Jerry Doan, and sons Jay and Jeremy, of Blackleg Ranch, McKenzie, N.D., are set up to save as much as $250 or more per head on winter feed costs for their beef cattle again this year.
They winter graze their herd on full season cover crops that they grow on cropland exclusively for grazing instead of for grain.
"I'm not aware of anyone else having achieved true all winter grazing on standing cover crops in North Dakota," says Jay Fuhrer, Natural Resources Conservationist Service district conservationist, Burleigh County, N.D.
The Doans winter grazed cover crops last year.
"It's worked very well," Jerry says. "The cows were in the best condition coming into calving than I have ever seen, even when they were on feed."
The Doans saved money on diesel fuel and labor with winter grazing because they don't have to run tractors to feed hay, blow snow or clean pens every day.
They don't think they will have have to buy as much commercial fertilizer to grow cash crops on the fields where the cattle grazed over the winter because of the nutrients released from the cover crop, along with all the manure and urine that the cattle have spread.
Last spring, a soil biology test on winter grazed fields showed the highest microbial biomass level seen to date in Burleigh County, says Fuhrer says.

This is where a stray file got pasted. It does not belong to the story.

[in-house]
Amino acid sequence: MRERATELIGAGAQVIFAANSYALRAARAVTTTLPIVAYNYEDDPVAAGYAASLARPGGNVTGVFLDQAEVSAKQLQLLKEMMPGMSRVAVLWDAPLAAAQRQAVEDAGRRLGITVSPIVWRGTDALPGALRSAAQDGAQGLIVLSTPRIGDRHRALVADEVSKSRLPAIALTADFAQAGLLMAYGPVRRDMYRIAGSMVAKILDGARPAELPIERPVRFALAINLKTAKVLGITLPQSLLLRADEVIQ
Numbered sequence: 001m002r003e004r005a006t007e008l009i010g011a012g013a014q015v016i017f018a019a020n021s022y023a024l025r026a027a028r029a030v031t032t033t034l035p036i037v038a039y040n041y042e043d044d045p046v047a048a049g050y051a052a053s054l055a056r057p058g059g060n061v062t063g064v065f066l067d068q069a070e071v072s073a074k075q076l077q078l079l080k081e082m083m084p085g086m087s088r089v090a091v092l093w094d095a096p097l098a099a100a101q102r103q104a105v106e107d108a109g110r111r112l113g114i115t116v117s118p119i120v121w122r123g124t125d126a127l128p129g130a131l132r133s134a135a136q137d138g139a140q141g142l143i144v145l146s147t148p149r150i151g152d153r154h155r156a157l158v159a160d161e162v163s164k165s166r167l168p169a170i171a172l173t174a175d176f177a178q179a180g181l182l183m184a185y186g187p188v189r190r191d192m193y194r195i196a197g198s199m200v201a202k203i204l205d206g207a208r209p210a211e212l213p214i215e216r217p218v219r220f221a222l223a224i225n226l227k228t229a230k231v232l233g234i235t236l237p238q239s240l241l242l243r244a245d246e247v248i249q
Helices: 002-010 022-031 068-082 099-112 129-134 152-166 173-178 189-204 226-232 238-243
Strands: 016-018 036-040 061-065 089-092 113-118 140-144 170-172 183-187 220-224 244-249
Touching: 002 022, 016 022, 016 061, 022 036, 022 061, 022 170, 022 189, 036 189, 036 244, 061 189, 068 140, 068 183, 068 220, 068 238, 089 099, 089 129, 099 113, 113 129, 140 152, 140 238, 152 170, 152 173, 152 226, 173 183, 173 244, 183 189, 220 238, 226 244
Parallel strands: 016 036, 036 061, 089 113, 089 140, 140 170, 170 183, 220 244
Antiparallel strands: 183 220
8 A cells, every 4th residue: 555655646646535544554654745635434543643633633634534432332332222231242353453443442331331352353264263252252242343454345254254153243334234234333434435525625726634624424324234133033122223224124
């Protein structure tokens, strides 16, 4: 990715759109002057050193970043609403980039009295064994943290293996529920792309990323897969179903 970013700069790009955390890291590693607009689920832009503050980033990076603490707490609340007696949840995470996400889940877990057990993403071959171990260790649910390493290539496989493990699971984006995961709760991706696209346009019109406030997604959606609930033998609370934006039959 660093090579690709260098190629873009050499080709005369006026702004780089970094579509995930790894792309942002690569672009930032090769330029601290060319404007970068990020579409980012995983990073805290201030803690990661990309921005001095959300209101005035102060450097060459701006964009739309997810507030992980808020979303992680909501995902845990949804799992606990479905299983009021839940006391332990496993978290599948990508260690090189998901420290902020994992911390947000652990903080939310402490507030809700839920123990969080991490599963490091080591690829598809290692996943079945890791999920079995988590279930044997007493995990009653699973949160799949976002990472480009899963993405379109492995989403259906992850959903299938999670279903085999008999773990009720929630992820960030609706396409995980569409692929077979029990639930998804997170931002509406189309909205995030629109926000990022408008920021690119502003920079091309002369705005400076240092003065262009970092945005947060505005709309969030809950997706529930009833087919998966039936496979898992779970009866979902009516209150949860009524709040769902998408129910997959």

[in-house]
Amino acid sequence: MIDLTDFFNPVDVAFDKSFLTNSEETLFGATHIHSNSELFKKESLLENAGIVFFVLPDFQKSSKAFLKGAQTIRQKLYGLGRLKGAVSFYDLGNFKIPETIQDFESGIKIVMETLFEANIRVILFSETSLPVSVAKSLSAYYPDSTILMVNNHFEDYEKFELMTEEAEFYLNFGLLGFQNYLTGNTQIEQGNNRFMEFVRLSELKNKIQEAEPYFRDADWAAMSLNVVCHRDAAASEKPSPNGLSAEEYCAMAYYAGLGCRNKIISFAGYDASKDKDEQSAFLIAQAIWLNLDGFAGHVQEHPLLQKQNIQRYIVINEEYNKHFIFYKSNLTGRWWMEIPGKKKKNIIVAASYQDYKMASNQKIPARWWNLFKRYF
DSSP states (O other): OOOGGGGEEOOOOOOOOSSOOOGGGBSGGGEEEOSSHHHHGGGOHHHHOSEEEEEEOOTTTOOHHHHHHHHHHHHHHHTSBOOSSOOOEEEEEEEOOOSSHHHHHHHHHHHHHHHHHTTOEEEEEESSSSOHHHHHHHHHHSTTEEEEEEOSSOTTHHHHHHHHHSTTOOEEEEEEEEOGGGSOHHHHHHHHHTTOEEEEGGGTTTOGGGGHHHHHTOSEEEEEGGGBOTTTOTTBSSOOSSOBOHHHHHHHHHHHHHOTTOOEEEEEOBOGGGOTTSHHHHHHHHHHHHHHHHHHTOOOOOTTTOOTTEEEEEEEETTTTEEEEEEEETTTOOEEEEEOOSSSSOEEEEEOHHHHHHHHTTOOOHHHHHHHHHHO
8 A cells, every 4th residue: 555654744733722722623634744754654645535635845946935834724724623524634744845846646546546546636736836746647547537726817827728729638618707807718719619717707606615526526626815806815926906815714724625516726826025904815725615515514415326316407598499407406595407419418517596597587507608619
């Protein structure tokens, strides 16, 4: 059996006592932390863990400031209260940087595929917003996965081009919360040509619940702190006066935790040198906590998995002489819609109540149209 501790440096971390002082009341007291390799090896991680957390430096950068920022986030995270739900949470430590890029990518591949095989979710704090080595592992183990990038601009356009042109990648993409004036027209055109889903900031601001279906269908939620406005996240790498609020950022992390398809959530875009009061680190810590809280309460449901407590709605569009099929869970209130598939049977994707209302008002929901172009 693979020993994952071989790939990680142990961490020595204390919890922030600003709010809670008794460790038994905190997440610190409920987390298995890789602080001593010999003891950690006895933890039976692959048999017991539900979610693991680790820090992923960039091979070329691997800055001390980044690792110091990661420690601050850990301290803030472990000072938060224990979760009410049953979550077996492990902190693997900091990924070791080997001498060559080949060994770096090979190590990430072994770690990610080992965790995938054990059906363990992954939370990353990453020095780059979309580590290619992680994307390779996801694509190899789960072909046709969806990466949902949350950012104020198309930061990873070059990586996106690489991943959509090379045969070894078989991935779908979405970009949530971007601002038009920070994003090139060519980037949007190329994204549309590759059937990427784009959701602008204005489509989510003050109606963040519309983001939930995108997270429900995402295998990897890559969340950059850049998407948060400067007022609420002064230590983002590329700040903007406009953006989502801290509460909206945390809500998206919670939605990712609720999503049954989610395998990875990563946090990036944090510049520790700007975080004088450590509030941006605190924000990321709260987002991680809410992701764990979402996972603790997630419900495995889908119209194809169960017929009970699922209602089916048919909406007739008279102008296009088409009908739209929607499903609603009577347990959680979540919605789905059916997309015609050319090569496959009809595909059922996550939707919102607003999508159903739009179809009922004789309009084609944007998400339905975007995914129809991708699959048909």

If they continue to winter graze, the Doans will likely avoid a big expense in the future. Because they won't be feeding cattle in pens in the winter, they won't need to build a lagoon or other ag waste structure to prevent runoff from the facility from getting into a nearby creek.
Planting a full-season cover crop mix for winter grazing helps their pheasant and deer hunting enterprise. The forage is exceptional habitat for deer and pheasants.
If they can continue to winter graze, the Doans plan to add water sources and build more fences so they can graze different grain fields planted to full season cover crops in the future.
"Winter grazing seems to lot of sense for us," Jerry says.